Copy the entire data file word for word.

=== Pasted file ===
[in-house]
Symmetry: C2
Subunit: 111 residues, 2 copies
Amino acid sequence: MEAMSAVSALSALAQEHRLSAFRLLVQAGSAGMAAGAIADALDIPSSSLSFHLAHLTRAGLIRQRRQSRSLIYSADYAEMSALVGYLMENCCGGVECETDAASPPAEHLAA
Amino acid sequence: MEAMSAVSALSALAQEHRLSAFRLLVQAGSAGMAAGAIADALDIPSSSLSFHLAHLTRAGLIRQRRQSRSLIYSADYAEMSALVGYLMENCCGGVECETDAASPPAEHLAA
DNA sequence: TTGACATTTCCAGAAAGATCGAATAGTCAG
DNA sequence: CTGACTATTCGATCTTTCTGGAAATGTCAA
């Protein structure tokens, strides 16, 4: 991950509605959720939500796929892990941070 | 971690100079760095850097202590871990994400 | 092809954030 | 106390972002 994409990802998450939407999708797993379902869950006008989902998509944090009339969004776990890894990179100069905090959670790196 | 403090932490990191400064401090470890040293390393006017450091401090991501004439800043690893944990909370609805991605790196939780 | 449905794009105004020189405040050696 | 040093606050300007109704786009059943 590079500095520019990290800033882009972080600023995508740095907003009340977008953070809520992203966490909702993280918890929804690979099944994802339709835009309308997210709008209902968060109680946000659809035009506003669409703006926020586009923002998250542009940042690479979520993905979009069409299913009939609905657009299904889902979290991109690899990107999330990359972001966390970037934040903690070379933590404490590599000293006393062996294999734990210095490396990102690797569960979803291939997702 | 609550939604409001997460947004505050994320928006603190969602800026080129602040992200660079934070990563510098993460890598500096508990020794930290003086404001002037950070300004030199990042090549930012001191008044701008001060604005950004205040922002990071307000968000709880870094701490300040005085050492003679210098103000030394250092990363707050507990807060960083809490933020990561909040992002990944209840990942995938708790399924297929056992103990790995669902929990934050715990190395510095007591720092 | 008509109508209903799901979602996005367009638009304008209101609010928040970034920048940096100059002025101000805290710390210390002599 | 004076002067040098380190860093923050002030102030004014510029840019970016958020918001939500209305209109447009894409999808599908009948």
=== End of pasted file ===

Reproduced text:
[in-house]
Symmetry: C2
Subunit: 111 residues, 2 copies
Amino acid sequence: MEAMSAVSALSALAQEHRLSAFRLLVQAGSAGMAAGAIADALDIPSSSLSFHLAHLTRAGLIRQRRQSRSLIYSADYAEMSALVGYLMENCCGGVECETDAASPPAEHLAA
Amino acid sequence: MEAMSAVSALSALAQEHRLSAFRLLVQAGSAGMAAGAIADALDIPSSSLSFHLAHLTRAGLIRQRRQSRSLIYSADYAEMSALVGYLMENCCGGVECETDAASPPAEHLAA
DNA sequence: TTGACATTTCCAGAAAGATCGAATAGTCAG
DNA sequence: CTGACTATTCGATCTTTCTGGAAATGTCAA
């Protein structure tokens, strides 16, 4: 991950509605959720939500796929892990941070 | 971690100079760095850097202590871990994400 | 092809954030 | 106390972002 994409990802998450939407999708797993379902869950006008989902998509944090009339969004776990890894990179100069905090959670790196 | 403090932490990191400064401090470890040293390393006017450091401090991501004439800043690893944990909370609805991605790196939780 | 449905794009105004020189405040050696 | 040093606050300007109704786009059943 590079500095520019990290800033882009972080600023995508740095907003009340977008953070809520992203966490909702993280918890929804690979099944994802339709835009309308997210709008209902968060109680946000659809035009506003669409703006926020586009923002998250542009940042690479979520993905979009069409299913009939609905657009299904889902979290991109690899990107999330990359972001966390970037934040903690070379933590404490590599000293006393062996294999734990210095490396990102690797569960979803291939997702 | 609550939604409001997460947004505050994320928006603190969602800026080129602040992200660079934070990563510098993460890598500096508990020794930290003086404001002037950070300004030199990042090549930012001191008044701008001060604005950004205040922002990071307000968000709880870094701490300040005085050492003679210098103000030394250092990363707050507990807060960083809490933020990561909040992002990944209840990942995938708790399924297929056992103990790995669902929990934050715990190395510095007591720092 | 008509109508209903799901979602996005367009638009304008209101609010928040970034920048940096100059002025101000805290710390210390002599 | 004076002067040098380190860093923050002030102030004014510029840019970016958020918001939500209305209109447009894409999808599908009948």